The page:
Vidauban is a rather unprepossessing village in Provence, about ten miles off the A8 autoroute via the Le Muy/St Tropez exit. But just outside it, on the road to La Garde-Freinet, is a golf course of great beauty and majesty. Just as Pine Valley in America, arguably (certainly I’m won over) the best course in the world, is located close to the undistinguished town of Clementon, New Jersey, so Vidauban provides unexpected splendour amid mundane surroundings. It’s a bit like finding the Taj Mahal beside the Grand Union Canal rather than on the banks of the Yamuna River. (I’m aware there may be an Indian takeaway of that name close to the GUC.)

From the course at Vidauban, the effect is of a 360-degree view of magnificent, unspoilt terrain. There’s a small members’ village just above the 12th fairway but essentially this is a pristine landscape, affording stupendous views of La Plaine des Maures and the accompanying forested mountains which separate it from St Tropez on the coast. Even if you play badly, you’ll walk off the course feeling you’ve had one of the rounds of your life.

A feature in Golf Course Architecture magazine in July 2013 had only five continental courses in the top-100 in Europe, the foremost being Valderrama, venue of the 1997 Ryder Cup, at 45th. If his design in Spain deserves that accolade then the course at Vidauban which Robert Trent Jones effectively designed for himself surely has a strong case to be regarded even more highly. Jones, who died in 2000 aged 94, bought the property in several tranches but while aesthetically it is a gorgeous project, economically it came close to ruining him. The documentation involving the many planning applications and appeals, the legal and financial complications, would make War and Peace seem like a novella. One of his sons, Rees, played the course shortly after his father’s death. (The other son, Bobby, was involved in its creation.) Rees bemoaned all the heartbreak Vidauban had caused but he said: “This golf course was the life project of my father. Now I can see why it meant so much to him.”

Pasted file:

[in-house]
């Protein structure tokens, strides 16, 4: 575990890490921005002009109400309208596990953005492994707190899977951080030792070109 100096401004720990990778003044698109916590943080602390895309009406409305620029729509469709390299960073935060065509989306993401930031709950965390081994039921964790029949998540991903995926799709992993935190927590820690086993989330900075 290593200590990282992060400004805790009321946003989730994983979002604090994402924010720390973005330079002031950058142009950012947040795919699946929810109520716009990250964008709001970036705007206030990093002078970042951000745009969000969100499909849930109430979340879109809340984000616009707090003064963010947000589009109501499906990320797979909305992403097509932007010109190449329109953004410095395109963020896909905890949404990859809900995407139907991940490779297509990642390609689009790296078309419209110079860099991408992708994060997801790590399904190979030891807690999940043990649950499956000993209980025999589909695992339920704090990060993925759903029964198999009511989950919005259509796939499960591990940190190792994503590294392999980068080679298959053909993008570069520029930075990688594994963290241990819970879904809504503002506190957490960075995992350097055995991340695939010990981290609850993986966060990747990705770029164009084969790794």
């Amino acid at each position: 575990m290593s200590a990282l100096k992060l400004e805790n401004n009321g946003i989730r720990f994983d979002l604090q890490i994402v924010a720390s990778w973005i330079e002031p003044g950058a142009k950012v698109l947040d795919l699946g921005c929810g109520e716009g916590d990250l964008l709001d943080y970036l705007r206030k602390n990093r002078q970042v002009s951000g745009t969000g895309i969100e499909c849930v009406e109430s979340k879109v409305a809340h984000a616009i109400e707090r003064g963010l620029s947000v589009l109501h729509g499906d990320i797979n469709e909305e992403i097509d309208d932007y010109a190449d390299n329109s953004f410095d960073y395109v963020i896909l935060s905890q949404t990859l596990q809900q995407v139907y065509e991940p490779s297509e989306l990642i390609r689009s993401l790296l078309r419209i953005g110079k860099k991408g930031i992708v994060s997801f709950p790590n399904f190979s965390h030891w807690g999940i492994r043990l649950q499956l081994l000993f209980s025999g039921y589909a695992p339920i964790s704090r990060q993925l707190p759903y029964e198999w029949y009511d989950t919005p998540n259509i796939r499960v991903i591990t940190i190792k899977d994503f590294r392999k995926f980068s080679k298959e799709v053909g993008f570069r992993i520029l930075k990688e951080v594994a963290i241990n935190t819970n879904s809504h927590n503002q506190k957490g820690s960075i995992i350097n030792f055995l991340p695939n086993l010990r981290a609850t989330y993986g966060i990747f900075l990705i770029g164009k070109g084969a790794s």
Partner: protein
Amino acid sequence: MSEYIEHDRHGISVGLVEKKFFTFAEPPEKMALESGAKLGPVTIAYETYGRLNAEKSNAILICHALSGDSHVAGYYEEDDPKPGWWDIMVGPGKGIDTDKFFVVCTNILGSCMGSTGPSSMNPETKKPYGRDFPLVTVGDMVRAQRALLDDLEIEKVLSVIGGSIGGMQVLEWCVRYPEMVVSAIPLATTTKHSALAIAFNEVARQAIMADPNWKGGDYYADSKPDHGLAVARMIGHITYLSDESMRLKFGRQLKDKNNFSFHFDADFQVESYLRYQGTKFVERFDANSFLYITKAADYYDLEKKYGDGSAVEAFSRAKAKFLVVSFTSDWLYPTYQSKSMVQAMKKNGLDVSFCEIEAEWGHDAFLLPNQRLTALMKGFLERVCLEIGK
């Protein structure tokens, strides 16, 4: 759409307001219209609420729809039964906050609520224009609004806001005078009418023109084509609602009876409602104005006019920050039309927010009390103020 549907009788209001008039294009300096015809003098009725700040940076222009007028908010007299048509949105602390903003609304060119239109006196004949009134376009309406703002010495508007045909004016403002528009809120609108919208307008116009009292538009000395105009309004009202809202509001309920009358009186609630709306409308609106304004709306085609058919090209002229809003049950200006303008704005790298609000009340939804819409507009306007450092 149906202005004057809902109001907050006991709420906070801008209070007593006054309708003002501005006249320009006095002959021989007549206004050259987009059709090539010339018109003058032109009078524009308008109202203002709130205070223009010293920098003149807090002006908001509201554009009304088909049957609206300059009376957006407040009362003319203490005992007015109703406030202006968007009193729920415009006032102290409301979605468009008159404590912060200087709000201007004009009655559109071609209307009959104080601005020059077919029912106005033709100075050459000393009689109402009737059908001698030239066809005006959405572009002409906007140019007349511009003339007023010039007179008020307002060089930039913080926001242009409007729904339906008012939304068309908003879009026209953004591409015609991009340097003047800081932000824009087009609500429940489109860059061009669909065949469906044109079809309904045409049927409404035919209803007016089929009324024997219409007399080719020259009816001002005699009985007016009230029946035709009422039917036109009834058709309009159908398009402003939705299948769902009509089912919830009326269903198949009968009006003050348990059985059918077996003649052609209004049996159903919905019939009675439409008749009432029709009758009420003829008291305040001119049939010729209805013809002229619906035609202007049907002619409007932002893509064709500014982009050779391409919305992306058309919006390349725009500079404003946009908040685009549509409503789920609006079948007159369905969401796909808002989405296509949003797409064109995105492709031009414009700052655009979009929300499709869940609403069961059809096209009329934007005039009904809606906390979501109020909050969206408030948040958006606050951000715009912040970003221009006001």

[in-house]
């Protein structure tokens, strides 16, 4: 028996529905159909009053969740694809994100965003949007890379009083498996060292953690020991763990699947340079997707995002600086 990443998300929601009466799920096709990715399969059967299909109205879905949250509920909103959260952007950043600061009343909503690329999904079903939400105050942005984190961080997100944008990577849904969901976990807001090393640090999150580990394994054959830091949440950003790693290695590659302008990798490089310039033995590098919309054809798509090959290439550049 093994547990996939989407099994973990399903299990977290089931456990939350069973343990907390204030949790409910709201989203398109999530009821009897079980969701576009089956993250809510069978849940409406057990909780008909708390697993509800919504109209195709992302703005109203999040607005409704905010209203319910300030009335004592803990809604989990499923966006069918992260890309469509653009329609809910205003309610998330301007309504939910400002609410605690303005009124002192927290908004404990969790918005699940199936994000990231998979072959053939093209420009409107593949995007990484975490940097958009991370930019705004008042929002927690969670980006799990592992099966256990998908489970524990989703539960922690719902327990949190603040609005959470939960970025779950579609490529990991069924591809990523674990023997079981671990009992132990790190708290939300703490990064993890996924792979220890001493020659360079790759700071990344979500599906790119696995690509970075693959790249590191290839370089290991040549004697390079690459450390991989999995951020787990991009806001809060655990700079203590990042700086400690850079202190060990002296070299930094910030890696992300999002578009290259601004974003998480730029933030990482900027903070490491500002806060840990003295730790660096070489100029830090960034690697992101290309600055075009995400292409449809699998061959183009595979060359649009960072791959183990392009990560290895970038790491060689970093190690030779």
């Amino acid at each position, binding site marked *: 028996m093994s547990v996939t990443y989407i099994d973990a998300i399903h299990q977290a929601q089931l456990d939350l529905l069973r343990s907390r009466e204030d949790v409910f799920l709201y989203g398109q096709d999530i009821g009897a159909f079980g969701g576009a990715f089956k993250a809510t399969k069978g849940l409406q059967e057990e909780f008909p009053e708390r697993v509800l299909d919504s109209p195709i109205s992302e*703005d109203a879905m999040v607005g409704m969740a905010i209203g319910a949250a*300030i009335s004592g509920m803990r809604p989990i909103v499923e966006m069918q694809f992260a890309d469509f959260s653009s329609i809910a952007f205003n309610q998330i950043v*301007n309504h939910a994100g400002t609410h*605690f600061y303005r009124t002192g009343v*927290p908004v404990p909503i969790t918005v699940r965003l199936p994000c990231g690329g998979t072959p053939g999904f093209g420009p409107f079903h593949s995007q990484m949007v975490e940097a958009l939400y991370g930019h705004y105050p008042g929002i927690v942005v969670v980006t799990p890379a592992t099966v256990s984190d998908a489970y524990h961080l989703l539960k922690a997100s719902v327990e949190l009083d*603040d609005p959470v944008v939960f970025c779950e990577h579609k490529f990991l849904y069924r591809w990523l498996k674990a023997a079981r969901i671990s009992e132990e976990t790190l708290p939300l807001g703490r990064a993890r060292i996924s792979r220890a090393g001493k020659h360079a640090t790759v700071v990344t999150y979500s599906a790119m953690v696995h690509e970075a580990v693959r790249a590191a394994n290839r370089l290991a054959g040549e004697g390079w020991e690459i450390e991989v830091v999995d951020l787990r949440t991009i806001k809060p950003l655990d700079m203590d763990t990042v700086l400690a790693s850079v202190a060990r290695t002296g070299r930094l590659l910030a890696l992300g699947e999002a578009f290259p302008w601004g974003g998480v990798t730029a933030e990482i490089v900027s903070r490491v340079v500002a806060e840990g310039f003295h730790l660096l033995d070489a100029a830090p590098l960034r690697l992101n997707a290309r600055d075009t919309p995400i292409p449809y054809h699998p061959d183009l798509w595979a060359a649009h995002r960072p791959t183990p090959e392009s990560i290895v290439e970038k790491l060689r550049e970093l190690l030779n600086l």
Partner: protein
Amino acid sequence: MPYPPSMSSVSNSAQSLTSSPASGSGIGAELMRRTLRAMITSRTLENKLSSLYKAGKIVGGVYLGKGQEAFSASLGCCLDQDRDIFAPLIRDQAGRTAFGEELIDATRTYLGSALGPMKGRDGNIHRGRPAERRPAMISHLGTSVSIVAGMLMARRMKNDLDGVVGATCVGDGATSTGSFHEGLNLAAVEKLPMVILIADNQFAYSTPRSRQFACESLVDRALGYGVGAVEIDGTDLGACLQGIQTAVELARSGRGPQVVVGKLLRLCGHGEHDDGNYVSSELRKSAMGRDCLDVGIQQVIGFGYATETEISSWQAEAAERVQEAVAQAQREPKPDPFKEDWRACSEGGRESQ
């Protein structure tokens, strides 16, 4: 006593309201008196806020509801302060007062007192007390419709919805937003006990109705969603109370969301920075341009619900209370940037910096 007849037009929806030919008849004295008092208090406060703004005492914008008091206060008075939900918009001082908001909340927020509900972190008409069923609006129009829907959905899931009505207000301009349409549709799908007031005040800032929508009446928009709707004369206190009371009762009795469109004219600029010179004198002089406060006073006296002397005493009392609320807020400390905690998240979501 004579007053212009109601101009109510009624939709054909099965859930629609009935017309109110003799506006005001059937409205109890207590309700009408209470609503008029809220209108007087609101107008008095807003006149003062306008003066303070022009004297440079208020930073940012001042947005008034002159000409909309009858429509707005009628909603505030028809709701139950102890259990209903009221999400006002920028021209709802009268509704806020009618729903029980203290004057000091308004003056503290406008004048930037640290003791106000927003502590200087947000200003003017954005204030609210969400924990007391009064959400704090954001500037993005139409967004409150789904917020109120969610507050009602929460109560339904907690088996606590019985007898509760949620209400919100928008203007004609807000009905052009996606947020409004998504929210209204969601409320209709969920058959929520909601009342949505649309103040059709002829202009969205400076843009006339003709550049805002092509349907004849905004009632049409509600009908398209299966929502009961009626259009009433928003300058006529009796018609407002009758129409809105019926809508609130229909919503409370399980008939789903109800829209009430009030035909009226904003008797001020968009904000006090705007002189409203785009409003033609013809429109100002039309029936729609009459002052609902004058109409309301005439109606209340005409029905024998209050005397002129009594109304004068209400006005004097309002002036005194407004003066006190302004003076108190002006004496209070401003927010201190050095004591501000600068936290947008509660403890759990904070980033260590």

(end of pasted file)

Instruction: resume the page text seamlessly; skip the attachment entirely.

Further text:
The course is classic Trent Jones: every hole is a difficult par but a relatively easy bogey. I won’t give you a hole-by-hole but they are all worth playing. A personal favourite may be the 2nd, a shortish par-four which features jagged rocky outcrops in the distinctive reddish brown stone of the region. And if you miss the fairways, as I am prone to do, there’s always the fragrance of the cypress, lavender, olive, pine, rosemary and thyme (there could be a song in that) to make your excursion into the rough that bit more bearable.

The view from the 2nd tee

The view from the 2nd tee at Vidauban, a quite short but very beautiful par-four

Vidauban is not only an exceptional golf course; the club has invested heavily in studying the environment and the place of the golf course in a delicate eco-system. It is, a bit like Pine Valley, a very private place, the course only being open, for now a least, to members and their friends. In my (very humble) opinion, based on what I’ve seen – how could it be otherwise? – France has the best three courses on the continent: Morfontaine, Les Bordes…and Vidauban.

Robert Green’s ‘Seve: Golf’s Flawed Genius’ is available on Amazon. You can follow him on Twitter @robrtgreen